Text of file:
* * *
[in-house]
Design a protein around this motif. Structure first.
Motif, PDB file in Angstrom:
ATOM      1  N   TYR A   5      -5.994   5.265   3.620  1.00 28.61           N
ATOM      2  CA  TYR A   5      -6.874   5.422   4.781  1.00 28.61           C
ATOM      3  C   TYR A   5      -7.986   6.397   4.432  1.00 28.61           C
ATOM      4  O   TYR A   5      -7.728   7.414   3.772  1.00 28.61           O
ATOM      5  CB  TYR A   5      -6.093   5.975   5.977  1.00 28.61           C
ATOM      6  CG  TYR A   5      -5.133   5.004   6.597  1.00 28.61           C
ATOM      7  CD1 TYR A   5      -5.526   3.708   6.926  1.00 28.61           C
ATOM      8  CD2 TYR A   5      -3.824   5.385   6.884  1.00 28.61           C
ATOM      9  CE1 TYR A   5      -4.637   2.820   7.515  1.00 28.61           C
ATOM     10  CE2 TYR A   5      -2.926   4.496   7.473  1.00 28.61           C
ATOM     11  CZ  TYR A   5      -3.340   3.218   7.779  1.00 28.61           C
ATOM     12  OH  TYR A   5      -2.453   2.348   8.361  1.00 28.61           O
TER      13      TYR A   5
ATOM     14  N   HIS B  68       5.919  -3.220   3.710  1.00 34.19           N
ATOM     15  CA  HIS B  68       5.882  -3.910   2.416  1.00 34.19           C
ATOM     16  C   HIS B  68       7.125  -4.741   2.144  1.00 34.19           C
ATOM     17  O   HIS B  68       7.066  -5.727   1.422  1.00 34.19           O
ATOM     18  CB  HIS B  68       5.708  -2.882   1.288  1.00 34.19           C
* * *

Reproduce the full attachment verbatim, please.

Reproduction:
[in-house]
Design a protein around this motif. Structure first.
Motif, PDB file in Angstrom:
ATOM      1  N   TYR A   5      -5.994   5.265   3.620  1.00 28.61           N
ATOM      2  CA  TYR A   5      -6.874   5.422   4.781  1.00 28.61           C
ATOM      3  C   TYR A   5      -7.986   6.397   4.432  1.00 28.61           C
ATOM      4  O   TYR A   5      -7.728   7.414   3.772  1.00 28.61           O
ATOM      5  CB  TYR A   5      -6.093   5.975   5.977  1.00 28.61           C
ATOM      6  CG  TYR A   5      -5.133   5.004   6.597  1.00 28.61           C
ATOM      7  CD1 TYR A   5      -5.526   3.708   6.926  1.00 28.61           C
ATOM      8  CD2 TYR A   5      -3.824   5.385   6.884  1.00 28.61           C
ATOM      9  CE1 TYR A   5      -4.637   2.820   7.515  1.00 28.61           C
ATOM     10  CE2 TYR A   5      -2.926   4.496   7.473  1.00 28.61           C
ATOM     11  CZ  TYR A   5      -3.340   3.218   7.779  1.00 28.61           C
ATOM     12  OH  TYR A   5      -2.453   2.348   8.361  1.00 28.61           O
TER      13      TYR A   5
ATOM     14  N   HIS B  68       5.919  -3.220   3.710  1.00 34.19           N
ATOM     15  CA  HIS B  68       5.882  -3.910   2.416  1.00 34.19           C
ATOM     16  C   HIS B  68       7.125  -4.741   2.144  1.00 34.19           C
ATOM     17  O   HIS B  68       7.066  -5.727   1.422  1.00 34.19           O
ATOM     18  CB  HIS B  68       5.708  -2.882   1.288  1.00 34.19           C